Since the middle of the 20th century, there has been an increasing global effort to close the gap between developed and developing nations. From the Human Development Index to the UN’s Sustainable Development Goals (SDGs), multinational organizations have created a plethora of initiatives focused on developing the regions of the world that have too often been left behind. As it is not ecologically possible for all nations to consume at the level that developed nations currently do, concerns have been raised of late on how develop these countries sustainably.
The term “sustainable development” was first coined in the late 1980s and is based on the principle that human societies must live their lives without compromising the ability of future generations to live theirs. Yet, although research has shown time and again that empowering women has a positive effect throughout their families, societies and even countries, many sustainable development approaches have failed to consider the intersection between sustainability and gender until very recently. Although one of FINCA’s founding pillars is women’s empowerment, over the past few years, we have built and improved many programs that focus on empowering women, but most importantly, have a sustainable framework of how to empower women so we can continue empowering the future generations.
Sustainable Development through Financial Inclusion and Clean Energy
One of the main ways that FINCA empowers women is by giving them access to life-changing financial services. In Afghanistan, where only 7 percent of women have access to a bank account, FINCA has created a unique opportunity to empower women by opening banks solely for women. FINCA Afghanistan’s women-only banks exclusively staff and serve women. This creates a space where women feel comfortable and have the power to build their own finances, share experiences and do business free of the social gender barriers present at traditional institutions. For future generations of Afghani women, these banks provide an important example of women who have the power over their own livelihoods in a way they have never been able to before. While currently FINCA Afghanistan is the only FINCA subsidiary that offers this service, FINCA has many other programs that serve women throughout the rest of the world.
In Uganda, FINCA’s BrightLife program has launched a series of lamp libraries. These “libraries” not only offset some of the costs of education that can dissuade poor households from sending girls to school, but also enables girls to advance their education through access to light. Globally, more than 132 million girls are out of school. This lack of education is only exacerbated in regions like sub-Saharan Africa where two-thirds of the population has no access to electricity. This inhibits students’ ability to continue their studies after dark.
BrightLife’s lamp libraries provide 100 solar lamps to select schools in rural Uganda. Students are then able to use them on-campus, or borrow one overnight to continue their studies at home. Above all, these lamp libraries promote sustainability by not only providing clean energy products to students, but teaching them about the benefits of solar energy as well. With less than 40 percent of sub-Saharan African girls completing secondary school, these lamp libraries give female students in off-the-grid households an extra leg up in their education.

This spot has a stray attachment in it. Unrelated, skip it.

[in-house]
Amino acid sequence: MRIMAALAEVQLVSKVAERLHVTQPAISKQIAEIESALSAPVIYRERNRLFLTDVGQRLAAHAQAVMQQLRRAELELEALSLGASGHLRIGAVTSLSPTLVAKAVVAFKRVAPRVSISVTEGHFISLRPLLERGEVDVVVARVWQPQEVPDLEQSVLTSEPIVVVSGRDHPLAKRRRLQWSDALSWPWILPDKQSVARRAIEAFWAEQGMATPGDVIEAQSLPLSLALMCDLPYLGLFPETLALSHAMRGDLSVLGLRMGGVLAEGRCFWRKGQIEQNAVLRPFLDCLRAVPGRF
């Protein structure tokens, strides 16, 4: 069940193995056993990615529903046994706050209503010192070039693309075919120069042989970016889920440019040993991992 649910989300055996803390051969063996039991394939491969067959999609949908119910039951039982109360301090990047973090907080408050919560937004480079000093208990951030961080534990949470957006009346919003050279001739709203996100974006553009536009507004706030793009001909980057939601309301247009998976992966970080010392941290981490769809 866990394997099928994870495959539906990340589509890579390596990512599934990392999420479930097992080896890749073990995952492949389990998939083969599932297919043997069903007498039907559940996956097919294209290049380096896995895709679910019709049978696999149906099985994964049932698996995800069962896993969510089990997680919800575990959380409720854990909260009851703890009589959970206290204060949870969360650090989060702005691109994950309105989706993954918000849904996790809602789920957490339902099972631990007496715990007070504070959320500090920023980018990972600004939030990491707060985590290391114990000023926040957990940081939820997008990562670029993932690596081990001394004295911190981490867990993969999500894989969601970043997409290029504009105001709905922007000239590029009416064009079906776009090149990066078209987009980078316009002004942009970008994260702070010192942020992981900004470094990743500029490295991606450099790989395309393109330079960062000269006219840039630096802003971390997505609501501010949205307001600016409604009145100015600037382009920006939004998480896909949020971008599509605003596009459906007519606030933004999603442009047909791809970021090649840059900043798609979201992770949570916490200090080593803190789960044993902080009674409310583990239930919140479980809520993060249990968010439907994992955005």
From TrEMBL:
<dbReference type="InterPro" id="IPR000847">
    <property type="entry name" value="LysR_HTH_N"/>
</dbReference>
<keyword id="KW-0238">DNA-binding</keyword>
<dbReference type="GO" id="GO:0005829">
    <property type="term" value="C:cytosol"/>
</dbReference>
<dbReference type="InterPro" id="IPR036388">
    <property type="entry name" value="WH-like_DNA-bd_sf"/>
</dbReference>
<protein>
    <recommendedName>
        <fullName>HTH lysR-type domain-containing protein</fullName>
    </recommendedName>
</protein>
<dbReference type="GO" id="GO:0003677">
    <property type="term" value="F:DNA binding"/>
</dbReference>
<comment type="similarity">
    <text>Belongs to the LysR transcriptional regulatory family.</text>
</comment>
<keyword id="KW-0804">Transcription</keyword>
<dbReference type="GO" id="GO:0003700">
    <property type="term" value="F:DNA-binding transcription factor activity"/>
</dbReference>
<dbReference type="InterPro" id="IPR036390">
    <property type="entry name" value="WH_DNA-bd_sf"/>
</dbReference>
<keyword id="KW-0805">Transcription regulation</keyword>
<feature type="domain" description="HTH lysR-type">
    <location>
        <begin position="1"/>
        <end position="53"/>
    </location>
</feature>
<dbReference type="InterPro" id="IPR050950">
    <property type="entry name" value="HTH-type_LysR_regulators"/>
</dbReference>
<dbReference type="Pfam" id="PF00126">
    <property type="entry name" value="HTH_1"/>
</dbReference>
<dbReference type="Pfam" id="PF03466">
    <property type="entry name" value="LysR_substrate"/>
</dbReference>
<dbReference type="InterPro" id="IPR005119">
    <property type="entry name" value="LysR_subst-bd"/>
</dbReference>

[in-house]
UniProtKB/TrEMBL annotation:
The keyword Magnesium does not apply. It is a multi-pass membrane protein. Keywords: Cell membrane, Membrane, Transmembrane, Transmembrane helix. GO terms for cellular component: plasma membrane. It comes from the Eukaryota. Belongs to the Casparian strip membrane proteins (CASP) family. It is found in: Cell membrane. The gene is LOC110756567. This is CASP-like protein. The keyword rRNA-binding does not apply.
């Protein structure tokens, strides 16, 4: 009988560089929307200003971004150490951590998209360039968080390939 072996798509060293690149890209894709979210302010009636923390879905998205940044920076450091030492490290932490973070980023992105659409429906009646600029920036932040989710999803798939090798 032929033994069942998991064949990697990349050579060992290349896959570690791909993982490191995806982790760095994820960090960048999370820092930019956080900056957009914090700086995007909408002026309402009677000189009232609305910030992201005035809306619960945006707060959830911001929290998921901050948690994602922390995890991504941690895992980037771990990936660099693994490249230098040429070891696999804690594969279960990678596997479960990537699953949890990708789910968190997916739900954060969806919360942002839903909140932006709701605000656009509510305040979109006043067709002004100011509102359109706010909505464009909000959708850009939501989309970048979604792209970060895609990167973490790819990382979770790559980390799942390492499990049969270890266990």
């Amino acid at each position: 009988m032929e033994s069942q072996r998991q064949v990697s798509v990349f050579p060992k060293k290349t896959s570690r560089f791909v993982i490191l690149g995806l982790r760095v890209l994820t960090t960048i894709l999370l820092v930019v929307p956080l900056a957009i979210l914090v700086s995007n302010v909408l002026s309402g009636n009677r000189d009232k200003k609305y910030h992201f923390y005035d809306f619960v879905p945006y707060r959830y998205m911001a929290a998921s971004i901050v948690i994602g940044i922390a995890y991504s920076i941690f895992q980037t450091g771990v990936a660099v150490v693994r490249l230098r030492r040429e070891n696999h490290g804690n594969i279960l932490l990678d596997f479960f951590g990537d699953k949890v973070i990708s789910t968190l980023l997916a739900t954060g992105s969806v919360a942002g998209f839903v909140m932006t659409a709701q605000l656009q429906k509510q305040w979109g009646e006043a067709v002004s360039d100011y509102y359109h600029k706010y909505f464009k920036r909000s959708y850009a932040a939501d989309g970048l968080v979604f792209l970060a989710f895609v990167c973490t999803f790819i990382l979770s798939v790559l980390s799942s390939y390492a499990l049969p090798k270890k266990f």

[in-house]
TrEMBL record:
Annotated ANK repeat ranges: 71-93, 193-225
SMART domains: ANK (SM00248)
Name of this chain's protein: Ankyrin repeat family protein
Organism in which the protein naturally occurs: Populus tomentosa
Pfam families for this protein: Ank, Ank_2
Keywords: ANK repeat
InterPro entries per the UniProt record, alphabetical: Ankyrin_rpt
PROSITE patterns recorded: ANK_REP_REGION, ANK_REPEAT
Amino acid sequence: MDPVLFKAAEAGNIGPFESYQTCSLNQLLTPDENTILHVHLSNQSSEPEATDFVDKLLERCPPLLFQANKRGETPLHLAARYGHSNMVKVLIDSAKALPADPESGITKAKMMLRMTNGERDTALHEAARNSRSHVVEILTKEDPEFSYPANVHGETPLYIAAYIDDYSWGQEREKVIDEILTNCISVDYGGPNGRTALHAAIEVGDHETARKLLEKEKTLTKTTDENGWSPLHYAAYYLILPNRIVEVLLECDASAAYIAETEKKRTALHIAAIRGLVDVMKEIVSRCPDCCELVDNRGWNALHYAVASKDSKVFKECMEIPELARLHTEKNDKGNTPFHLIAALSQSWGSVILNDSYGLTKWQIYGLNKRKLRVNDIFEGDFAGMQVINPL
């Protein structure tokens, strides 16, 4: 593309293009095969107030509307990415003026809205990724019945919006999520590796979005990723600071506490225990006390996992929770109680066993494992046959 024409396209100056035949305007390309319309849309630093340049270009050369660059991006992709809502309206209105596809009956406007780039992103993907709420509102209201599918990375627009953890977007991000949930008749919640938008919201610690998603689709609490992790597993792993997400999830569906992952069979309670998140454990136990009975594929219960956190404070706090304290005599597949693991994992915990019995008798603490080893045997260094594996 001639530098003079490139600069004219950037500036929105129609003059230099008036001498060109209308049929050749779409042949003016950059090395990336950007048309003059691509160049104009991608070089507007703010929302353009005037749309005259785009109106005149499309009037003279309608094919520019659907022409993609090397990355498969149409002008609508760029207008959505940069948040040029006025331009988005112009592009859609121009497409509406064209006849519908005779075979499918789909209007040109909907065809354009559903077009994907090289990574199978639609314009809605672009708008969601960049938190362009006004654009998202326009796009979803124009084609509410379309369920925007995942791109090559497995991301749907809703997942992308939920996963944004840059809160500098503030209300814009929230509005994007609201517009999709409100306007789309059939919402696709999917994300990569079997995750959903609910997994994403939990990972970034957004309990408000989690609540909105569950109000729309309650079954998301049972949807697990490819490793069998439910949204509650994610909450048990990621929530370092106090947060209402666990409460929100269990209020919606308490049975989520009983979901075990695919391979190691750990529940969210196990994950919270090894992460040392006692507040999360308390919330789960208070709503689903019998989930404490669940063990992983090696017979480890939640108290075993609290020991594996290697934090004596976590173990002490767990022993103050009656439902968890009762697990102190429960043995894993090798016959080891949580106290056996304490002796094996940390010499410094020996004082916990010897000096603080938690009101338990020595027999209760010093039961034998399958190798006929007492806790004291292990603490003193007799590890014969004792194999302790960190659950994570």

Empowering Women through Sustainability Post-COVID and Beyond
Around the world, FINCA’s female clients have proven to be leading sustainability efforts in their communities. In the Democratic Republic of Congo, longtime FINCA client Eugenie Kabeya switched to making masks from the fabric she already had for her seamstress business when the pandemic struck. In Kenya, Susan Otanga was able to replace her charcoal stove with a clean-burning alternative through the help of a FINCA Ventures partner.
However, despite these promising trends in the realm of sustainable development and FINCA’s best efforts, the COVID-19 pandemic has been a huge setback for women, particularly those living in developing countries. Globally, women were not only at the forefront of the crisis, representing 70 percent of health and social workers, but also more likely to hold low-wage and vulnerable jobs that were not able to easily adapt to lockdowns. Lockdowns also increased violence against women, with cases of domestic violence up by 30 percent in some countries. Lastly, the school closures in response to the virus for students across the globe has led to a potential 20 million girls in developing countries that may never return to school.
While progress to put gender equality at the forefront of the sustainable development conversation has been made, the COVID-19 pandemic has highlighted the areas where there is still much work to be done. Here at FINCA International, we know that the path to sustainable development begins by making women’s empowerment a priority throughout the COVID-19 recovery period that is to come, and beyond. Sustainable progress and prosperity for the next generation of women entrepreneurs, professionals and leaders is possible, and FINCA is committed to imbedding sustainability into all facets of our programs to achieve it.